A six-year-old sent away from the doctors with Gaviscon to treat a ‘poorly tummy’ nearly lost his life to a golf-ball sized brain tumour.
Logan Russell’s parents were advised by their GP to give him the medicine after he began to feel unwell.
But after the sickness got worse they took him to hospital for an MRI scan which revealed Logan had an aggressive golf-ball sized tumour on his brain.
Doctors at King’s College Hospital said the tumour had been growing in Logan’s brain for two and a half months.
Luckily medics were able to remove the tumour in an operation in June and Logan is now on a nine-month treatment programme, including radiotherapy and chemotherapy.
Logan’s father Dennis Russell, 50, said: “We just thought it was a funny tummy. We had no idea why they were scanning his head when it was a sickness thing.
“When you are standing in the operation theatre while your son is going under and you know it is a high risk operation it just breaks you.
“It has been very traumatic but you just have to get your chin up and put a smile on and get on with things as best you can.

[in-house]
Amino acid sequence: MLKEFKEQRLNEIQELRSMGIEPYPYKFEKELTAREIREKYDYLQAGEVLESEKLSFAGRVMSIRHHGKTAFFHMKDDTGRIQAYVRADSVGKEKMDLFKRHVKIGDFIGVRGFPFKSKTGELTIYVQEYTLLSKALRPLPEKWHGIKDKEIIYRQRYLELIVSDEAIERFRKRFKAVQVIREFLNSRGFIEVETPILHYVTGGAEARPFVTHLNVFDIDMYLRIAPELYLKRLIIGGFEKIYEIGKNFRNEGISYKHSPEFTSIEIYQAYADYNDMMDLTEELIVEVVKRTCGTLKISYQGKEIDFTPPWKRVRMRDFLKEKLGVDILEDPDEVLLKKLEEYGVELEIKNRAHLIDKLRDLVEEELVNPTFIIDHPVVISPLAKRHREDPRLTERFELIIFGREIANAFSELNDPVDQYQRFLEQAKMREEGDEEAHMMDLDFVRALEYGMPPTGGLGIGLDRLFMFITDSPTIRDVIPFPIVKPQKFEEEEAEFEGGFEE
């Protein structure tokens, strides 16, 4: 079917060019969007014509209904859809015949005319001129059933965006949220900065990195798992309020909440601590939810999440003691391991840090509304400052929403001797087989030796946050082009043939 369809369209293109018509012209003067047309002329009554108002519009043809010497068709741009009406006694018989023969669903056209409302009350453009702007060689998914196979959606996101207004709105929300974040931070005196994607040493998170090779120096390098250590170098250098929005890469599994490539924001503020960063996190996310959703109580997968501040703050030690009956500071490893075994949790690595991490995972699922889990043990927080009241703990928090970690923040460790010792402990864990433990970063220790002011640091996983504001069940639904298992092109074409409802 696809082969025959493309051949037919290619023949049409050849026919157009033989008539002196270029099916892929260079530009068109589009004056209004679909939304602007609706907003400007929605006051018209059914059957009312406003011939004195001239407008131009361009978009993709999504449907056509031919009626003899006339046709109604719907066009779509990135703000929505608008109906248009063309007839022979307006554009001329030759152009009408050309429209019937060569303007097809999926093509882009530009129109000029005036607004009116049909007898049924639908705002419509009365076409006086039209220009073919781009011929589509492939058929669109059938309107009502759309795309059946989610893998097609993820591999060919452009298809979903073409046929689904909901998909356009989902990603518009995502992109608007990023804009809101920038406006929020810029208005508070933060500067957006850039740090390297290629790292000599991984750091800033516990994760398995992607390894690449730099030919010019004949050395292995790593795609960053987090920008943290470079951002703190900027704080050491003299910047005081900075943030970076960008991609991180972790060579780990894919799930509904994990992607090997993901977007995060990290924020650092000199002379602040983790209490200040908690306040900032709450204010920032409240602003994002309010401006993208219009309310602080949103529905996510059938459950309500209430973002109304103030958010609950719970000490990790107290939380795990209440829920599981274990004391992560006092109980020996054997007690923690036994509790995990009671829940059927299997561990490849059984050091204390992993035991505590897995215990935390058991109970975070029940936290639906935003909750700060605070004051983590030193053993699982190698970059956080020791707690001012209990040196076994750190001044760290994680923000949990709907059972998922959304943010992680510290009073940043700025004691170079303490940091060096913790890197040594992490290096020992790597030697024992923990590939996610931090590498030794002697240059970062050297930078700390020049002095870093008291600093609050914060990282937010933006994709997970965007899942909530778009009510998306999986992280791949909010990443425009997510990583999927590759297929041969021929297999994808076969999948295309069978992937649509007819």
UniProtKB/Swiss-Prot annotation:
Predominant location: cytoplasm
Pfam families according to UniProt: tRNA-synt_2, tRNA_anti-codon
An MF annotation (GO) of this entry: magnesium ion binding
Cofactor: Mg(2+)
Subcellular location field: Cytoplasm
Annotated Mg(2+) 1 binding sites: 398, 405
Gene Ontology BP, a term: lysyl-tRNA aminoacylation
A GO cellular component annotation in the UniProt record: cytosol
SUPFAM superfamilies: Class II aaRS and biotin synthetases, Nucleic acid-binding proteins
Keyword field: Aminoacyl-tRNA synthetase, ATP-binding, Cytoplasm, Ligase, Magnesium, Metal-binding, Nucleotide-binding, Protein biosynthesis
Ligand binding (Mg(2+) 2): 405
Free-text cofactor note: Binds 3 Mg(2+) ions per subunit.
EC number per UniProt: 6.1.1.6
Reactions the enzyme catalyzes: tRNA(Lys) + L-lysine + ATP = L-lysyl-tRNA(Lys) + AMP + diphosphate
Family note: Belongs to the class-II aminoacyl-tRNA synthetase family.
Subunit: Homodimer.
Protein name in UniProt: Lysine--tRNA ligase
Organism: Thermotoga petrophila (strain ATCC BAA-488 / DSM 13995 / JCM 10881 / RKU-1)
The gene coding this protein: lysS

“I lost my brother to cancer when I was four and I was determined I wouldn’t lose my son.”
Mr Russell, of Cranbrook, Kent, said the worst part of his son’s illness was the first few weeks where he wasn’t eating.
Logan also had problems with his eyes and his heart rate went down to just 25 beats per minute.
Mr Russell, a school groundsman, added: “One day he turned to me and said, ‘I just want to be normal’.
“It is a very, very sad thing but everyone has been so nice and supportive.
“He had his sixth birthday at the hospital and when they came to collect him for radiotherapy there were balloons and ribbons decorating his trolley.”